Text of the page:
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Thursday, 4 December 2014

The Payment

The receipts are faded and fragile but they tell the story of a young couple making payments on their house. They were in their twenties expecting their first child. Initially they lived with his parents, then paid $350.00 for the house on West Avenue in Corner Brook, Newfoundland. The year was 1926 for this couple but the story has been repeated millions of times in the almost ninety years since; young people starting their lives together, buying their first home.
            Loan Receipt

Ernest Smith and Bessie Earle were born within days of each other in 1901 in different parts of Newfoundland. They married in 1925 in Corner Brook. Their first child, Frederick, was born in the fall of 1926. It would be three years before their second child was born. Meanwhile Ern worked at the paper mill in Corner Brook. He was born in Dildo, and raised there and in Old Shop, Trinity Bay. Ern moved to Corner Brook when the construction of the paper mill started and he quickly got a job. The future looked bright for the young couple.

            Mill Co-Workers and Ern Smith*

Bessie was born in Twillingate. She survived diphtheria, but lost her mother at an early age. Bessie went into service, working as a maid for other families when she was a teenager. She eventually moved to Corner Brook where she met her future husband.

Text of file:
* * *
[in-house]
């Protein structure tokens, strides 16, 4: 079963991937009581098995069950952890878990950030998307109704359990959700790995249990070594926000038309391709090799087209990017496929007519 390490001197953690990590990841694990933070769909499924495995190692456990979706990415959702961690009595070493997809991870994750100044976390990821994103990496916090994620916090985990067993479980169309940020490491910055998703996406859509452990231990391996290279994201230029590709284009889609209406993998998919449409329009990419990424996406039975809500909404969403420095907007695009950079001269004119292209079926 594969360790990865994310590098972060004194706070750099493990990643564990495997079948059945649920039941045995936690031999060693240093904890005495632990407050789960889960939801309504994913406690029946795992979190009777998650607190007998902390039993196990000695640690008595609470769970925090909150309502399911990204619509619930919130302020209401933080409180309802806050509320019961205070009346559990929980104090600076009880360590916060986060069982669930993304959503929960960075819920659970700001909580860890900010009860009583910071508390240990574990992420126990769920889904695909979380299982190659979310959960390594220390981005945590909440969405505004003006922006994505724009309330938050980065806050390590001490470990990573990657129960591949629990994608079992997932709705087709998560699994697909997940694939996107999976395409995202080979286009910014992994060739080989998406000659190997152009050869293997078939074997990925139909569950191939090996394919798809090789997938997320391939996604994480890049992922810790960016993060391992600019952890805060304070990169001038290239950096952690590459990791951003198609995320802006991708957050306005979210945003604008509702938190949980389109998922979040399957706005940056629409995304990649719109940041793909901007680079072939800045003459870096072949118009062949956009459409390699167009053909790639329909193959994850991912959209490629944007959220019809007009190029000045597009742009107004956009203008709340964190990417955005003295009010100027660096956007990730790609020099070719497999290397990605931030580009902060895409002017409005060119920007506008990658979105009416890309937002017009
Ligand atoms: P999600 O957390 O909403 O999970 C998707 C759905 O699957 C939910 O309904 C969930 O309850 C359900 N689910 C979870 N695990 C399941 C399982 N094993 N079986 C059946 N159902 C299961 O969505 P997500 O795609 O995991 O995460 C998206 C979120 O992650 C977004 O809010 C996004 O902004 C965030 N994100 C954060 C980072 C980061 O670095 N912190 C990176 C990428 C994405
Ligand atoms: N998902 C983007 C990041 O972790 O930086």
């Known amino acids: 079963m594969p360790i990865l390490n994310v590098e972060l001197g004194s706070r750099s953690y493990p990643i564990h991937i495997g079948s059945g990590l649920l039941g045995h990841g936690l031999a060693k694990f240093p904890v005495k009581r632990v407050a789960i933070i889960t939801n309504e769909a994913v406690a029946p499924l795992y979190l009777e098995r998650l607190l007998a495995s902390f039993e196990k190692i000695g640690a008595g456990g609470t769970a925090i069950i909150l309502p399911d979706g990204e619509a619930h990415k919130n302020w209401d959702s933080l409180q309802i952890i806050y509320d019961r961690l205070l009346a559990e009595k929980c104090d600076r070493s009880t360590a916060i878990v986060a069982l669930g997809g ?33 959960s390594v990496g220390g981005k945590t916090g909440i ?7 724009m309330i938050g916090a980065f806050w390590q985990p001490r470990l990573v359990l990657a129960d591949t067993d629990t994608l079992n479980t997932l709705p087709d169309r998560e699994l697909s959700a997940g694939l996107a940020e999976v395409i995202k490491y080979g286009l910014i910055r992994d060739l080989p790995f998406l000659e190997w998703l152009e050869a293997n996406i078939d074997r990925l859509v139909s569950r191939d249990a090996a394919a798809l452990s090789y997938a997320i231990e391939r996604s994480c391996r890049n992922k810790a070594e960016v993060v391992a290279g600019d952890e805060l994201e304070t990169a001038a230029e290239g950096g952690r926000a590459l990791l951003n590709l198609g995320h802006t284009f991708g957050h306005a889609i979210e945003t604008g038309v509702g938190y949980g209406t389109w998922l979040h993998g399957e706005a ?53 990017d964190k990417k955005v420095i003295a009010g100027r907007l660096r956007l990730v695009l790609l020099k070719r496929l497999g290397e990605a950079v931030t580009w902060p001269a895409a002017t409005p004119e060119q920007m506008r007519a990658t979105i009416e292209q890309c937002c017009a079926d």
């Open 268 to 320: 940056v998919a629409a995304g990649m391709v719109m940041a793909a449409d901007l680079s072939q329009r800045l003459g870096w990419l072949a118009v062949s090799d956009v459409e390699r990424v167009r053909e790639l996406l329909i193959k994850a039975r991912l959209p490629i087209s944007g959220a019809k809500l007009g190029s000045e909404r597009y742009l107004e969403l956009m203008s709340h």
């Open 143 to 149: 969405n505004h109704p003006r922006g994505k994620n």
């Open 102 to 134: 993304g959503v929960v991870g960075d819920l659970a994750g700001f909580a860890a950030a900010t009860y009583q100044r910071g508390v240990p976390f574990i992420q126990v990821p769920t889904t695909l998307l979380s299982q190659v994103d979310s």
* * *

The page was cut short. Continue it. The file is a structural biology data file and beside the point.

They paid $20.00 a month on the loan for the house. It was a one story bungalow initially. Later they re-mortgaged the house and built another story for their growing family; between 1926 and 1945, they had seven children. The payments increased to $54.00 a month on a $1000.00 mortgage.

It is incredible to see their signatures so many years after their deaths. Little did the young couple know the day they signed the paper that many years later, several generations of their family would look at their signatures and wonder about the two people behind the distinctive signatures.

Long after Bessie and Ern died, the house was torn down and the land became part of the Coleman's Supermarket parking lot. The place of their hopes and dreams was long gone and forgotten. Until now.

*Thanks to Jeff for the picture.

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